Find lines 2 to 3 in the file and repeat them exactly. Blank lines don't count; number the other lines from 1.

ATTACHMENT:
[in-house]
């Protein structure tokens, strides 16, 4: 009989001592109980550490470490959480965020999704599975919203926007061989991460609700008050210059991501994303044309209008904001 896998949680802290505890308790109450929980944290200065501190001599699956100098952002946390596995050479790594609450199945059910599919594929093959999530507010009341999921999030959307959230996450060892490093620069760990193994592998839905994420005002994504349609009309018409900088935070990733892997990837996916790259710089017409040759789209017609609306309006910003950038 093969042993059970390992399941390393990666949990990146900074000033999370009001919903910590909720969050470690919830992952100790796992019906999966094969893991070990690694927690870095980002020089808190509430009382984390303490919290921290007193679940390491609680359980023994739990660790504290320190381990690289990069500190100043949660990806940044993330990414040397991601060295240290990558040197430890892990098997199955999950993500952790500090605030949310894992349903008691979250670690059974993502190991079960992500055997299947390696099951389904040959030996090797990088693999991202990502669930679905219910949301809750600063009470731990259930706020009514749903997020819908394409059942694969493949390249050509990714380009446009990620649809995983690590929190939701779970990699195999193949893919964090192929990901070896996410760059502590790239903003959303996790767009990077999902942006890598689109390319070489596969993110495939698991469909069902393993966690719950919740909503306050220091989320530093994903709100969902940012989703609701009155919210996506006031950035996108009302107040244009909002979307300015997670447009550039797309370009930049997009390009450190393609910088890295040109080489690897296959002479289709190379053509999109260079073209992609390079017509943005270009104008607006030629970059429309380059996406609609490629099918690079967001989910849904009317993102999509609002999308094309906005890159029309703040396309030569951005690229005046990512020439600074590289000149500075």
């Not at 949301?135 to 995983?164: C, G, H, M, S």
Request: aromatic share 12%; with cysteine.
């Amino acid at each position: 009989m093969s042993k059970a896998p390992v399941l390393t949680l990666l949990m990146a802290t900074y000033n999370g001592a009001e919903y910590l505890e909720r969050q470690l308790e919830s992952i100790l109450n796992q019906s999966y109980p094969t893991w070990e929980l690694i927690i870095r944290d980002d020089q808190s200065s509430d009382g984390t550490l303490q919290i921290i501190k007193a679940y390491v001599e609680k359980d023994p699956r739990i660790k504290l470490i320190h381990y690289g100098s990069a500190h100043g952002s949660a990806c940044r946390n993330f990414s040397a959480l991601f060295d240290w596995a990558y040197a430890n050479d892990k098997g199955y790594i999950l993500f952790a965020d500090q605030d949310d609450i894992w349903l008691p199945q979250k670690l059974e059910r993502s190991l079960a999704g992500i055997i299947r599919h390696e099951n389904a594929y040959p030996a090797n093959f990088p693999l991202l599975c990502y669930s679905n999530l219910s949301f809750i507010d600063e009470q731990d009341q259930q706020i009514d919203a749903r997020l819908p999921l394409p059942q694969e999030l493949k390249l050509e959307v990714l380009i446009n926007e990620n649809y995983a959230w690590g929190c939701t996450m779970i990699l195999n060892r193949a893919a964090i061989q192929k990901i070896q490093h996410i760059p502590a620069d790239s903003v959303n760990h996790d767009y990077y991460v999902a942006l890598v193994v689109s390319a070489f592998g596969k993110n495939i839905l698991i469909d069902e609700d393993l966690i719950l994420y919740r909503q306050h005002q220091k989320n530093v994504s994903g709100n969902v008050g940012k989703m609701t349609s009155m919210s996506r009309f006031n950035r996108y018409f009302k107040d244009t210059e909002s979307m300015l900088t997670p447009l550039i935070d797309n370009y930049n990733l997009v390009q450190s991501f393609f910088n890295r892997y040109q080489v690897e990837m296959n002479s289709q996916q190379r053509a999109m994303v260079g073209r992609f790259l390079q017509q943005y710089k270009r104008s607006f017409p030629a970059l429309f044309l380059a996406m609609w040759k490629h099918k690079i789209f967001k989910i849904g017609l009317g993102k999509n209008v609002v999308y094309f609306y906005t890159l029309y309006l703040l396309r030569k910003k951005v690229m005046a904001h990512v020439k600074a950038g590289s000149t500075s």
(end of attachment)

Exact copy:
């Protein structure tokens, strides 16, 4: 009989001592109980550490470490959480965020999704599975919203926007061989991460609700008050210059991501994303044309209008904001 896998949680802290505890308790109450929980944290200065501190001599699956100098952002946390596995050479790594609450199945059910599919594929093959999530507010009341999921999030959307959230996450060892490093620069760990193994592998839905994420005002994504349609009309018409900088935070990733892997990837996916790259710089017409040759789209017609609306309006910003950038 093969042993059970390992399941390393990666949990990146900074000033999370009001919903910590909720969050470690919830992952100790796992019906999966094969893991070990690694927690870095980002020089808190509430009382984390303490919290921290007193679940390491609680359980023994739990660790504290320190381990690289990069500190100043949660990806940044993330990414040397991601060295240290990558040197430890892990098997199955999950993500952790500090605030949310894992349903008691979250670690059974993502190991079960992500055997299947390696099951389904040959030996090797990088693999991202990502669930679905219910949301809750600063009470731990259930706020009514749903997020819908394409059942694969493949390249050509990714380009446009990620649809995983690590929190939701779970990699195999193949893919964090192929990901070896996410760059502590790239903003959303996790767009990077999902942006890598689109390319070489596969993110495939698991469909069902393993966690719950919740909503306050220091989320530093994903709100969902940012989703609701009155919210996506006031950035996108009302107040244009909002979307300015997670447009550039797309370009930049997009390009450190393609910088890295040109080489690897296959002479289709190379053509999109260079073209992609390079017509943005270009104008607006030629970059429309380059996406609609490629099918690079967001989910849904009317993102999509609002999308094309906005890159029309703040396309030569951005690229005046990512020439600074590289000149500075």
């Not at 949301?135 to 995983?164: C, G, H, M, S």